Supervisor Tony R. Buffington (R-Blue Ridge) has asked the Loudoun County Health Department to test crumb rubber fields in Loudoun for cancer-causing chemicals.
In a letter dated March 29, Buffington asked Health Department Director Dr. David Goodfriend that his department conduct carcinogen testing on all crumb rubber fields in Loudoun. Eleven public high schools in the county have an artificial turf field with crumb rubber infill; most have two fields.
Buffington has joined county Chairwoman Phyllis J. Randall (D-At Large) in voicing concerns about cancer-causing chemicals in the crumb rubber infill.
“I feel such testing is prudent in order to maintain public trust and facilitate open, honest and well informed debate about the future of crumb rubber infill in Loudoun County,” Buffington said.
Goodfriend has previously briefed the Joint Board of Supervisors/School Board Committee that it is “unlikely” that there is a health risk from crumb rubber; however, he said, if there is a risk associated with crumb rubber, it could be years before it becomes apparent.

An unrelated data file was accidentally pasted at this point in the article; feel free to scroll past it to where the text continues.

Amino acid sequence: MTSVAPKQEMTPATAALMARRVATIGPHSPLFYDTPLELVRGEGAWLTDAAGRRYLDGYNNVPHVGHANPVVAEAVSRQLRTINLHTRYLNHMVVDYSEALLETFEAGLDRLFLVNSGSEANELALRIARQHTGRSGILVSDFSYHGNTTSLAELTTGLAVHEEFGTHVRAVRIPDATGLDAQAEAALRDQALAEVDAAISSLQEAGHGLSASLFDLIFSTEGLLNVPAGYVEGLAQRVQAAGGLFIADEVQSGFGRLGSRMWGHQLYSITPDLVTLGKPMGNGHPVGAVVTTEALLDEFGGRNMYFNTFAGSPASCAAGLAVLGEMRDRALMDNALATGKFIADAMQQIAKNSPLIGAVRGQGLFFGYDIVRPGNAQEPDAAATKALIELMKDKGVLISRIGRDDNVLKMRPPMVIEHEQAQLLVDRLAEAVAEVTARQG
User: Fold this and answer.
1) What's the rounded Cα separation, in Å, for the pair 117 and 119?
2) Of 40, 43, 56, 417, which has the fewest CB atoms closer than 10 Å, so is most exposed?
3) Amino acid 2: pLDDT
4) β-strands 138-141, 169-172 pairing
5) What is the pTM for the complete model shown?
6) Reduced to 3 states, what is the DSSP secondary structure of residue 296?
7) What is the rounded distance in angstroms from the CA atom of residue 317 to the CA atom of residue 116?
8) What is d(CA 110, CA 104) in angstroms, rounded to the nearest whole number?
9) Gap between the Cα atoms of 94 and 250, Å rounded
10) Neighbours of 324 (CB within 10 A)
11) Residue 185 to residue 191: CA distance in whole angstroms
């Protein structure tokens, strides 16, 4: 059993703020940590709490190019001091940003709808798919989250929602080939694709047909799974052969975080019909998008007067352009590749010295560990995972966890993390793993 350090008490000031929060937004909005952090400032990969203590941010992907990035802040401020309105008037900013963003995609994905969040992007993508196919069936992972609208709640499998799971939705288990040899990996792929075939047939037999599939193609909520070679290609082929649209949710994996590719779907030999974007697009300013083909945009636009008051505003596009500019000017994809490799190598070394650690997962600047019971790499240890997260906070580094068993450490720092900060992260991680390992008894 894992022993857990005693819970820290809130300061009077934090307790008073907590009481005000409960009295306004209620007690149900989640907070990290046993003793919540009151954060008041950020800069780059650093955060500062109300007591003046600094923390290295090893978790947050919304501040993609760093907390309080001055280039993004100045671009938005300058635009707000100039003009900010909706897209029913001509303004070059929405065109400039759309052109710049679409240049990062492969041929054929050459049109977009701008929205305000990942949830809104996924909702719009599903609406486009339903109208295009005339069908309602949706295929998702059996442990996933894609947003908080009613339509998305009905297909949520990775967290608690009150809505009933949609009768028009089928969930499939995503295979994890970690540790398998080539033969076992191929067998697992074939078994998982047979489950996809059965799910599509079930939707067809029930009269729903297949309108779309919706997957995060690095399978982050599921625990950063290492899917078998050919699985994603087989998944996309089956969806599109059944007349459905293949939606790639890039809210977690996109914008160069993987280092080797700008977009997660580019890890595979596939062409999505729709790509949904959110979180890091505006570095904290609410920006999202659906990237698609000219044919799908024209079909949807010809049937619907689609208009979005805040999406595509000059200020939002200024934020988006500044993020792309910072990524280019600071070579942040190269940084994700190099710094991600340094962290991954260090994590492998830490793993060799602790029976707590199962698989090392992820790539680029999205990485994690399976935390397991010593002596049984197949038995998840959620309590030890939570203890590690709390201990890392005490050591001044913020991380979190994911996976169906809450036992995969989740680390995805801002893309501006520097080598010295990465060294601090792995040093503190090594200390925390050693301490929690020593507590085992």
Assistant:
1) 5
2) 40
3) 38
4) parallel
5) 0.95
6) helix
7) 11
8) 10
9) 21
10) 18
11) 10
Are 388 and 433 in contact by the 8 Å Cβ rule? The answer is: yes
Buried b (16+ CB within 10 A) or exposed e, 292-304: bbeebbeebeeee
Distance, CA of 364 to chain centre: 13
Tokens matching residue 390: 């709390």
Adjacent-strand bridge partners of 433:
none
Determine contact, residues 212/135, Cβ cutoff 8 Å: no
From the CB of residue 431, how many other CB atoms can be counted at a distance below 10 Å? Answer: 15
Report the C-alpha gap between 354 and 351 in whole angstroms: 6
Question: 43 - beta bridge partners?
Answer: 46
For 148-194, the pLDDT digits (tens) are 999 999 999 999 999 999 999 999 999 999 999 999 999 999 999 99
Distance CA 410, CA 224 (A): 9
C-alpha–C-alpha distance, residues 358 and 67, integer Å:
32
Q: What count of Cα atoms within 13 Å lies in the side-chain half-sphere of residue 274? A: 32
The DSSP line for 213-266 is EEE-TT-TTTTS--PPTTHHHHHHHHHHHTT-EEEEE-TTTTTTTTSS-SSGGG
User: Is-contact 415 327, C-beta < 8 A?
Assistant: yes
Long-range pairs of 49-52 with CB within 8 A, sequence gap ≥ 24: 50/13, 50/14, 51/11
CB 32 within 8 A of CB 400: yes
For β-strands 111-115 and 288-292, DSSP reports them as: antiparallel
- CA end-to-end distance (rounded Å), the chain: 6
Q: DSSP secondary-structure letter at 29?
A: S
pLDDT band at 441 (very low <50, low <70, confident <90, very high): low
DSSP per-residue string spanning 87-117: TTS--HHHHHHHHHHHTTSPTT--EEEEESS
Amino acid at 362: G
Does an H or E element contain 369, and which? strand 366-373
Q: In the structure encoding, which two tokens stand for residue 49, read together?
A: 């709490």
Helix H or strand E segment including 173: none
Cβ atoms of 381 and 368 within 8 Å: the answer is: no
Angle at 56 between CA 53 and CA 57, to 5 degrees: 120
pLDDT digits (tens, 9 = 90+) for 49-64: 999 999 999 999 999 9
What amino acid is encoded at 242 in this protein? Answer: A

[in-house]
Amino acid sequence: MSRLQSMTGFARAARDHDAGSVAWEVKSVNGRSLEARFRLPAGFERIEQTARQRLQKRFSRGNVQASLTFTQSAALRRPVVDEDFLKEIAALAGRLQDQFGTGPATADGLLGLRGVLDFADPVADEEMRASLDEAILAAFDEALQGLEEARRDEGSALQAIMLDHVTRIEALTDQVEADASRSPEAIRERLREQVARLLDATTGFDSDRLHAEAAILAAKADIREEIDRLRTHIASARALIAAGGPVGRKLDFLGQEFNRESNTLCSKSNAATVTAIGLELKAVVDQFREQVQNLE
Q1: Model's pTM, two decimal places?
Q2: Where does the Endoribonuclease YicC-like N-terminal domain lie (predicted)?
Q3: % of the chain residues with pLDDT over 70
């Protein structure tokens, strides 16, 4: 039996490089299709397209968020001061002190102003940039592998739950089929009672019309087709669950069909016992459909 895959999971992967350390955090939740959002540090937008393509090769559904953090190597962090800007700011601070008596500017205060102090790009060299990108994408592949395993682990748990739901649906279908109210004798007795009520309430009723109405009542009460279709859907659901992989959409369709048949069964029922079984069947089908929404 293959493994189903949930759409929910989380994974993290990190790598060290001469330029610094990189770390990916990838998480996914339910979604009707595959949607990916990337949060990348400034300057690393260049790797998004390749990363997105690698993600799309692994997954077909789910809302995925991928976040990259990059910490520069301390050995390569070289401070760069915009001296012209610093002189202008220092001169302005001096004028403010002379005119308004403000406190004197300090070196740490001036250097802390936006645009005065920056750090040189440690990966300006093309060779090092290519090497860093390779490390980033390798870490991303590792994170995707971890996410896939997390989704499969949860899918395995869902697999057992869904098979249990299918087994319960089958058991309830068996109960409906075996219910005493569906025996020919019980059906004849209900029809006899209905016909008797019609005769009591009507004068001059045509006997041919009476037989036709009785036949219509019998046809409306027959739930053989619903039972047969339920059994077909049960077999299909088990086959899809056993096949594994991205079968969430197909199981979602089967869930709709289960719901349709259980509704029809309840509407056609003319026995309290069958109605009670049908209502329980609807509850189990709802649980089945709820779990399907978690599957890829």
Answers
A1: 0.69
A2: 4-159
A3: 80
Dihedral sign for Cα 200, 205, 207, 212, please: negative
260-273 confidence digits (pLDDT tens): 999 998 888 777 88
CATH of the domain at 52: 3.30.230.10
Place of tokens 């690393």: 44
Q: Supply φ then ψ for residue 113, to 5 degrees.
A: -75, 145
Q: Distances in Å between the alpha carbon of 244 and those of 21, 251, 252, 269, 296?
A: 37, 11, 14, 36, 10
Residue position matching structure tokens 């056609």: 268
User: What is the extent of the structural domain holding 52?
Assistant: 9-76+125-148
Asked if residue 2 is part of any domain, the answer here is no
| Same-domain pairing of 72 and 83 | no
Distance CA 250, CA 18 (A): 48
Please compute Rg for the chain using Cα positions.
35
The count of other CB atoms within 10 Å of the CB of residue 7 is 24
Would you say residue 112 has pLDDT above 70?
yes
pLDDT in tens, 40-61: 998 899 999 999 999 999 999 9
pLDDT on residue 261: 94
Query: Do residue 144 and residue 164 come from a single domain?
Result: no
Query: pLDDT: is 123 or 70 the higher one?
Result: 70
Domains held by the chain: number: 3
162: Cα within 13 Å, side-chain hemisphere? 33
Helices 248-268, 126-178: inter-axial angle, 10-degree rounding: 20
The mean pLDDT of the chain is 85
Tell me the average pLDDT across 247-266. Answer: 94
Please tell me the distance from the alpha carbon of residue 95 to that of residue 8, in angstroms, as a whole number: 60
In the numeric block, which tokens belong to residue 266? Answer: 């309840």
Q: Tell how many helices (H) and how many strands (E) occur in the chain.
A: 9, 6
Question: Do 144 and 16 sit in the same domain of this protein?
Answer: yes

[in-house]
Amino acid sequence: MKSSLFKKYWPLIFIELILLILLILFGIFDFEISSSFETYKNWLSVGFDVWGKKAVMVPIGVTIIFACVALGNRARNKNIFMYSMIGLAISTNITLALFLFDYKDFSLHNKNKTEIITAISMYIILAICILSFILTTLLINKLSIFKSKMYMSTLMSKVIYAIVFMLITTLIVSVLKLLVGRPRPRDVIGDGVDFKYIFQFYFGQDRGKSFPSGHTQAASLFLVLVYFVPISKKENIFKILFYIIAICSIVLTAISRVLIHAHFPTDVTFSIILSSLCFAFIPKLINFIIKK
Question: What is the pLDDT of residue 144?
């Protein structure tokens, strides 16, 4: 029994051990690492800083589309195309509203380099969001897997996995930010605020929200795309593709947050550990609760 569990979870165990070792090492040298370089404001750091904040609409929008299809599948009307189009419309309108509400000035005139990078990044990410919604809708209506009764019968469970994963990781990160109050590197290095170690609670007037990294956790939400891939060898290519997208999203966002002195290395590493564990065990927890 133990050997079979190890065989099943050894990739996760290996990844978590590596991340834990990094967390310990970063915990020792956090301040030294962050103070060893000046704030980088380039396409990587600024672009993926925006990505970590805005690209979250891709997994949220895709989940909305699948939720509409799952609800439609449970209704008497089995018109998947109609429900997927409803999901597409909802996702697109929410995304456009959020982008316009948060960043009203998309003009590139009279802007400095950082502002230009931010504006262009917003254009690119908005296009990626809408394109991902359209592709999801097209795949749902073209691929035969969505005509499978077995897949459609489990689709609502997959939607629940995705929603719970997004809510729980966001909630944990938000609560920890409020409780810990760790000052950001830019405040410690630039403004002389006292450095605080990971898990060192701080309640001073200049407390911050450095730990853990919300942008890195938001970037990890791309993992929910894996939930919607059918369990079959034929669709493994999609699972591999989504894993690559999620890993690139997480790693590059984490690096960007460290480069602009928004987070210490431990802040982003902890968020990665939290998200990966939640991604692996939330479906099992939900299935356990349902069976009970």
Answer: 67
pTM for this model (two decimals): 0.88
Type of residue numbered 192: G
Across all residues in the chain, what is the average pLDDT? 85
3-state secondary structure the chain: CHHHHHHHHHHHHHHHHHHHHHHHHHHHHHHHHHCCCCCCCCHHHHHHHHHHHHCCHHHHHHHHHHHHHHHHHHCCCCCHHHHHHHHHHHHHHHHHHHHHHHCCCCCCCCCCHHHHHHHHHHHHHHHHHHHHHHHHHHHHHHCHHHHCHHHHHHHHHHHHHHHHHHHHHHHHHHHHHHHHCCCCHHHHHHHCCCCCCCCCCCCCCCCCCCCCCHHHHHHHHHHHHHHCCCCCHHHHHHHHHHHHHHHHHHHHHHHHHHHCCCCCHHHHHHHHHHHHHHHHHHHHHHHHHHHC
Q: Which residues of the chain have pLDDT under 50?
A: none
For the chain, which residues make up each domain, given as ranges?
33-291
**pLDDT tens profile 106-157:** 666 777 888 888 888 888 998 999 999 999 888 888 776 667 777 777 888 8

“The number one issue is if it puts kids in harm’s way then we’re not going to do this. The challenge is to prove something is safe and not causing a problem,” he said at that meeting. “I can’t prove the negative at this point that crumb rubber cannot increase the risk of cancer.”
Crumb rubber, which is derived from recycled tires, is the cheapest and most common type of infill for artificial turf athletic fields. The material came under the spotlight when a push for artificial turf fields at four Loudoun high schools with grass fields was met with concerns about the safety of crumb rubber.